Breast cancer is the mostly diagnosed cancer and the second leading cause of cancer death among American women of all races. Despite improvement of recurrence and survival rates of breast cancer in the U.S., a significant difference between white and black women remains. Previous studies have found that more advanced and aggressive tumors and less than optimal treatment may explain the lower survival rates for black women as compared to white women. However, there has been no research that jointly considers potential factors that include not only individual level information such as treatment history and tumor characteristics, but also provider characteristics, and social environmental information, due to limitations of current analytic methods and the lack of comprehensive data sets.
Louisiana State University Health Sciences Center School of Public Health in New Orleans (LSUHSC-NO) was recently awarded funding by National Institute on Minority Health and Health Disparities (NIMHD) to examine the determinant of racial disparities in breast cancer survival and recurrence. Dr. Qingzhao Yu, associate professor of biostatistics in the School of Public Health, will serve as the principal investigator of the grant entitled “Multilevel Mediation Analysis to Explore Racial Disparities in Breast Cancer Recurrence and Survival using CDC Special Studies”. The researchers will develop a novel multilevel nonparametric mediation analysis method to differentiate indirect effects from risk factors that may explain disparities in health outcomes.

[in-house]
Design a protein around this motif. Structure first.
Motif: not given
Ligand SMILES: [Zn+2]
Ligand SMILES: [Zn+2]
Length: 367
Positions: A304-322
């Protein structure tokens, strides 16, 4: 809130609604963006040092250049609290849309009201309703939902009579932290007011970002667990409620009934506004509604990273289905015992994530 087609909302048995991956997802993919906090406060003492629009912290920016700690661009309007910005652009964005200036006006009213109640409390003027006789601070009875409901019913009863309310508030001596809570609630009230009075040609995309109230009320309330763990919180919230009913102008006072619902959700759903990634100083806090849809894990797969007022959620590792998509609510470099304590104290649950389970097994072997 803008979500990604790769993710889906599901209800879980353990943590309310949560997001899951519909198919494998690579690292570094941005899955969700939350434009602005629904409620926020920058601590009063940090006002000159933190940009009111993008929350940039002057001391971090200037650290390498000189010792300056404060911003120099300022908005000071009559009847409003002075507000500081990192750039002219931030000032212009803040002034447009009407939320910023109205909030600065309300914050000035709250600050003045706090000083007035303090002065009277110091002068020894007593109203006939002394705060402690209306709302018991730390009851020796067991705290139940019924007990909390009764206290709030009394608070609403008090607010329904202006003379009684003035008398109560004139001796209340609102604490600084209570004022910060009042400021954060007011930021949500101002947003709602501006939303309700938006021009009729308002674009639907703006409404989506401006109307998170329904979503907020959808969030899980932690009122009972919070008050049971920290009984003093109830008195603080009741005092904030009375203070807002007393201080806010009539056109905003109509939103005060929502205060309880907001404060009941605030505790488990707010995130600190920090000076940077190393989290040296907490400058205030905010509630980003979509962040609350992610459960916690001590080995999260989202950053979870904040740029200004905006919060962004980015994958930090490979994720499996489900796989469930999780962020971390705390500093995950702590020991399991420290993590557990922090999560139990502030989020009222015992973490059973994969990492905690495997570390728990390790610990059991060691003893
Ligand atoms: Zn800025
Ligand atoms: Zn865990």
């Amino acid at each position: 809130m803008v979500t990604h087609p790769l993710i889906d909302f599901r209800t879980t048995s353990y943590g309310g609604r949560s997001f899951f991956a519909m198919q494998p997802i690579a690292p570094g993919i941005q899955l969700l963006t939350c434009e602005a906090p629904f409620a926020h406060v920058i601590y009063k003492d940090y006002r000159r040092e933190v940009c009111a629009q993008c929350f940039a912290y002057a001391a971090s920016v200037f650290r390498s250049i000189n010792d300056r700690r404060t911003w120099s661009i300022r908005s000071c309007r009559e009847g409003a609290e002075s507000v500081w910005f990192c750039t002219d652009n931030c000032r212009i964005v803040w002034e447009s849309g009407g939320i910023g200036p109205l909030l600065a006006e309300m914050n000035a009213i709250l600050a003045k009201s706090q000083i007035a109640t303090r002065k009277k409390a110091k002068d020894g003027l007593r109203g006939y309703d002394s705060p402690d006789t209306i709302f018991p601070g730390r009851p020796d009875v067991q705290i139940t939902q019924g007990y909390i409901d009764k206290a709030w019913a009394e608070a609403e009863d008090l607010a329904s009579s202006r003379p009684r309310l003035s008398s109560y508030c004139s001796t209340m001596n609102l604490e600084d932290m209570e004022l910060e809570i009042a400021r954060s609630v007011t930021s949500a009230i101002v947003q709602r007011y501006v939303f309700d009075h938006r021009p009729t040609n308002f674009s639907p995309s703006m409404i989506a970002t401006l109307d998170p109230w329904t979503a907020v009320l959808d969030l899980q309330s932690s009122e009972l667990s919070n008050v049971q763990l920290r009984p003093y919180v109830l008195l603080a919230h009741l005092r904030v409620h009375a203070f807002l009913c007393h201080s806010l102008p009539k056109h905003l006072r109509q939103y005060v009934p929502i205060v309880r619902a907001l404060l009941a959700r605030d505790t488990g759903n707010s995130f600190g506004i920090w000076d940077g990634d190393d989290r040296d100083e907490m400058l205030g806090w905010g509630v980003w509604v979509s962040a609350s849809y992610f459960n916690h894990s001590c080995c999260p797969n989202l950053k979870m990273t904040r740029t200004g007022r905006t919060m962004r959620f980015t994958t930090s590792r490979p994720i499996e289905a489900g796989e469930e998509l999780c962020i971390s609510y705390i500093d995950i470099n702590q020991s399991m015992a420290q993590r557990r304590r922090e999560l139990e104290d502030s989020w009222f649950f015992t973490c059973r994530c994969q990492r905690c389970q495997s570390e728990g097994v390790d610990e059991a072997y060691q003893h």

“The team proposes a novel statistical method that can jointly consider potentially correlated multiple mediators, and differentiate the effect from every individual factor from multiple levels that may contribute to the race-breast cancer survival and recurrence relationship” notes Dr. Yu. “This proposal will provide among the most comprehensive explorations of racial disparities in breast cancer patients’ recurrence and survival in the United States. Moreover, the statistical method is generalized so that it can be used to explain a wide range of health disparities.”